Reference > Cambridge History > Early National Literature, Part II; Later National Literature, Part I > Whittier > Poems
  Abolitionism Later Honours  

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The Cambridge History of English and American Literature in 18 Volumes (1907–21).
VOLUME XVI. Early National Literature, Part II; Later National Literature, Part I.

XIII. Whittier.

§ 4. Poems.


(1849)
In 1836, Whittier published Mogg Megone, and, in the following year, a collection of his miscellaneous poems. In 1849, a comprehensive collection of his poems appeared, followed a year later by Songs of Labour and Other Poems. The first English edition of his collected poems also appeared in 1850. These volumes included all that he thought worth preserving of the work of twenty years. In 1857, the “blue and gold” collected edition of the poems was published in Boston. >From this time onward small volumes of new poems appeared at intervals of about two years down to the year of the author’s death, At Sundown, the last of the series, bearing the date of that very year (1892). Of special significance are the idyl entitled Snow-Bound (1866) and the cycle called The Tent on the Beach (1867). These two volumes marked a broadening of Whittier’s fame, a higher recognition of his standing as an artist, and a noticeable measure of release from the financial difficulties under which he long had struggled. For the rest, the ballads, lyrics, and occasional pieces which made him most famous are scattered somewhat indiscriminately through the score or more of his volumes. For upwards of half a century verse flowed profusely from his pen, and his career did not fall into the distinctive periods that it is the task and the delight of the critic to define and to characterize in the work of many other poets.   8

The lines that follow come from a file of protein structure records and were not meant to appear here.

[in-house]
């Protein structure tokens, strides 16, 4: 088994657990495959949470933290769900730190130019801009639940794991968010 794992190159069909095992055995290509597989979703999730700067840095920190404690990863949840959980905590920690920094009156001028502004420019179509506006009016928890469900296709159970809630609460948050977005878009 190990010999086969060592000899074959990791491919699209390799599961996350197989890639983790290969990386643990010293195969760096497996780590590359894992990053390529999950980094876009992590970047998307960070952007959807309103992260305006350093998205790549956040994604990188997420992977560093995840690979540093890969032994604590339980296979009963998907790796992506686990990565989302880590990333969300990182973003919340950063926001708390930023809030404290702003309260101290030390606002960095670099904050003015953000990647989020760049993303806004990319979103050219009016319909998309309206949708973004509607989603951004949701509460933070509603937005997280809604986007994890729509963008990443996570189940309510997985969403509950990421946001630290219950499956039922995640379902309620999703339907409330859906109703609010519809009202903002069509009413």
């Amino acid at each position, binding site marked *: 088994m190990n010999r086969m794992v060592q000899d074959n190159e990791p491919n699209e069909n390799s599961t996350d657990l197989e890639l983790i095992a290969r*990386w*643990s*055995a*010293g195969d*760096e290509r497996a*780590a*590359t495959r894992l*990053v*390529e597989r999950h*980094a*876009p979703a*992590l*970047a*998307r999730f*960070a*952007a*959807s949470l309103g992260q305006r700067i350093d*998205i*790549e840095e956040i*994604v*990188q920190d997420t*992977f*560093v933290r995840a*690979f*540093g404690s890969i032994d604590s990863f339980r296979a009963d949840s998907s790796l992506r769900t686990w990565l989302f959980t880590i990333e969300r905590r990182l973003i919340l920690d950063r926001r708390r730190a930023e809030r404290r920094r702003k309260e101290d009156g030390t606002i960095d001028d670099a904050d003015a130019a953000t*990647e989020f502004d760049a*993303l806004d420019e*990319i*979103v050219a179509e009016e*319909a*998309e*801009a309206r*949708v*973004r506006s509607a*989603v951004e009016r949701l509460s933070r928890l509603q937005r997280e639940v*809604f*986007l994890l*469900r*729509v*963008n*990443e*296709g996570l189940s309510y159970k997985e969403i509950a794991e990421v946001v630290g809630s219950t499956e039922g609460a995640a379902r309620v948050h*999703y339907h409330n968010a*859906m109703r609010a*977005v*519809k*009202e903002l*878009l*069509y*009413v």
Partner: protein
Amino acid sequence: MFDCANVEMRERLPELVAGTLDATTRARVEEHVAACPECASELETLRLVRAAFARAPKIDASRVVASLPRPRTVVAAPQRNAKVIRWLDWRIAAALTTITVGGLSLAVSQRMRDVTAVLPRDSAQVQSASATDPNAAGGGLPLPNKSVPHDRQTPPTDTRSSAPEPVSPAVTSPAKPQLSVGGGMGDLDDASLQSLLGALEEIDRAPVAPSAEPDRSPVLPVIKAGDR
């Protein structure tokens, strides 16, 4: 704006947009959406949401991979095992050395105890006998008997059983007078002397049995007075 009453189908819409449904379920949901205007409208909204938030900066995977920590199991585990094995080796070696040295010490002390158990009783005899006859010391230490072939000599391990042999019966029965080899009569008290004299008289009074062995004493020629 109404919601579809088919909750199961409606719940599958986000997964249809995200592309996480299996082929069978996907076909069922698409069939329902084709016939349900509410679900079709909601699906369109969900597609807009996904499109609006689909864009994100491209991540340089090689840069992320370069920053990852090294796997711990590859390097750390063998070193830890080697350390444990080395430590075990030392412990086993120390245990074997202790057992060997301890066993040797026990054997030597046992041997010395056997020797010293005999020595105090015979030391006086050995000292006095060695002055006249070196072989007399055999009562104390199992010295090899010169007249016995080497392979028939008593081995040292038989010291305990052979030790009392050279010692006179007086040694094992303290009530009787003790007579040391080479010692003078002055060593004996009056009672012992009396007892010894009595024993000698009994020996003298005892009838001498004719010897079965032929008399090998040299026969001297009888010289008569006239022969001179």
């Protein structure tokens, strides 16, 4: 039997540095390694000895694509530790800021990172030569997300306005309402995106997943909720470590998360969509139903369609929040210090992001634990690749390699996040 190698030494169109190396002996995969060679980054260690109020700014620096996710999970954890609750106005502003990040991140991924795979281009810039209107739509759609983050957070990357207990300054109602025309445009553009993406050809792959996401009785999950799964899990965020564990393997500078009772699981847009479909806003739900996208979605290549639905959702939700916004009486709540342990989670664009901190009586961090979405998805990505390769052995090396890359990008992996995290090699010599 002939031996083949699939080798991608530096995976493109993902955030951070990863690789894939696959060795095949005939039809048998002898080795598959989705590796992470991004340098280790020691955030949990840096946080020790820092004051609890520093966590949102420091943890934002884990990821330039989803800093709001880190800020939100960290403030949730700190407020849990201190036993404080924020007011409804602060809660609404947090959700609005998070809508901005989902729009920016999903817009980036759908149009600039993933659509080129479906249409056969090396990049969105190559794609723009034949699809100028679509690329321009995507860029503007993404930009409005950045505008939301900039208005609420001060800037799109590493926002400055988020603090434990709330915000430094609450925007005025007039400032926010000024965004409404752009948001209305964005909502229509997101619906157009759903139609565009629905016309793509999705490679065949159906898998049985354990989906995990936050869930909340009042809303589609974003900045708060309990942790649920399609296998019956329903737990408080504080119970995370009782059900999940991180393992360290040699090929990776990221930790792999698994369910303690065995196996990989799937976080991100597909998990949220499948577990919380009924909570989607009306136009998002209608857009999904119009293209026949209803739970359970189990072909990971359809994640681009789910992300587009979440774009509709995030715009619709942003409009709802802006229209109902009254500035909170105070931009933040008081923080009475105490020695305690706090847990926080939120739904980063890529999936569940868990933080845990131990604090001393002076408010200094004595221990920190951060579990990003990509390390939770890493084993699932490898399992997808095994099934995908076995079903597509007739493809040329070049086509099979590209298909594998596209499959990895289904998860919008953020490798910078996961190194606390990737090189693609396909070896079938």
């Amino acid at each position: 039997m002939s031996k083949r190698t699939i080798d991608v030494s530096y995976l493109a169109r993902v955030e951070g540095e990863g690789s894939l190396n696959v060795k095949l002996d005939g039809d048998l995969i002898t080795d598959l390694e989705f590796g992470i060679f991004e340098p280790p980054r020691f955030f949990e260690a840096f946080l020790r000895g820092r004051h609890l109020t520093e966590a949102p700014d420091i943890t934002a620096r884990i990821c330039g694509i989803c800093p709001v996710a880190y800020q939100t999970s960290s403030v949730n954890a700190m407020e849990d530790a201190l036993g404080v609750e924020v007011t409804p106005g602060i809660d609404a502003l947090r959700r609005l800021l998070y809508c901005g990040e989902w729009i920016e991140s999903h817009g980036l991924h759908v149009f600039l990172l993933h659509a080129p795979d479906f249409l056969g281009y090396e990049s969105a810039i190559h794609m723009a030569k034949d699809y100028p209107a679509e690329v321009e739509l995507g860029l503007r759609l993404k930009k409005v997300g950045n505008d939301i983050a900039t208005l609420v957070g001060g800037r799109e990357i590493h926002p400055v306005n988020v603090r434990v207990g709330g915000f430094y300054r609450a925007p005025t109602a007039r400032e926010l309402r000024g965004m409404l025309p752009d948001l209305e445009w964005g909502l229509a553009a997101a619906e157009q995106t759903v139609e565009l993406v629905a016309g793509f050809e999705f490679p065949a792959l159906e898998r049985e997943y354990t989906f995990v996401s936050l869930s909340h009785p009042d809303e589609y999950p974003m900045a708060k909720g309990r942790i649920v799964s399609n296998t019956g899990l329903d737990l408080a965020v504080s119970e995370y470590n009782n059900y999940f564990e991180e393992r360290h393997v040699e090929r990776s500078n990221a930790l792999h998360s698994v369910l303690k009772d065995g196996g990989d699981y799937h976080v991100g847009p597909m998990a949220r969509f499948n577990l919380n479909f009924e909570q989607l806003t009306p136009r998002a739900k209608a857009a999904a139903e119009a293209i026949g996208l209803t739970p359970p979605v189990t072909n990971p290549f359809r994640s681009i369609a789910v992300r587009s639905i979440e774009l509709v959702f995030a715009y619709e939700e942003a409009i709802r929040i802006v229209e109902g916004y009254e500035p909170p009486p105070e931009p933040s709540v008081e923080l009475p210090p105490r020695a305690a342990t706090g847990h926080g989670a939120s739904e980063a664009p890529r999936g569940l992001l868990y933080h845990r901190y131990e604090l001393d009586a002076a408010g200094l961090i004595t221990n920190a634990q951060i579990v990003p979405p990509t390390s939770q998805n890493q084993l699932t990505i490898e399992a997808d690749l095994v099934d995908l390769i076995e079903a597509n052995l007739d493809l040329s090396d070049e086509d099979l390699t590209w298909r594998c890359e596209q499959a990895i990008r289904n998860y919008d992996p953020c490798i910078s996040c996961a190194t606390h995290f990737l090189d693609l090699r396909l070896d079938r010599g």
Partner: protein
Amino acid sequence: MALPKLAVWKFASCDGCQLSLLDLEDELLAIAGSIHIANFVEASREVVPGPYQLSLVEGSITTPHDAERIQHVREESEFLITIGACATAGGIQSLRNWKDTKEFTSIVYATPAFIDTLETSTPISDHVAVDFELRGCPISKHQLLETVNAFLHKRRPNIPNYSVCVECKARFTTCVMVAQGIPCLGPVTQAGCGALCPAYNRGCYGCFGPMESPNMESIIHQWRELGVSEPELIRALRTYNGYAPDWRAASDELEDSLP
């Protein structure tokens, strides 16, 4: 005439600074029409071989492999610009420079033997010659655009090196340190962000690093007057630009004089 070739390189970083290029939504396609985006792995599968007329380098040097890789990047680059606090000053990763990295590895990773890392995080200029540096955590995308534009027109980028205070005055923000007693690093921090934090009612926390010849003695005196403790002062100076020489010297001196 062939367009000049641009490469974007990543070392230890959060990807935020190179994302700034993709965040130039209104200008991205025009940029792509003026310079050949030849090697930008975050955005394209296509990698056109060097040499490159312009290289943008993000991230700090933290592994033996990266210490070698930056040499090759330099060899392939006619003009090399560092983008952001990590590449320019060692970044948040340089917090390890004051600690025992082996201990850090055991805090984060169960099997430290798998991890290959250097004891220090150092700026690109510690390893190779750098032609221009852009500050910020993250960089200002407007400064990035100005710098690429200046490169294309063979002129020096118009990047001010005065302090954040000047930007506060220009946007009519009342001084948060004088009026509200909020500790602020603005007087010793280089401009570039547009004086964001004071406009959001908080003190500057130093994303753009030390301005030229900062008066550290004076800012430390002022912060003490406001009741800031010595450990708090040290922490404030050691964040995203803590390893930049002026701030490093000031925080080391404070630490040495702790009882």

CONTENTS · VOLUME CONTENTS · INDEX OF ALL CHAPTERS · BIBLIOGRAPHIC RECORD
  Abolitionism Later Honours  
 
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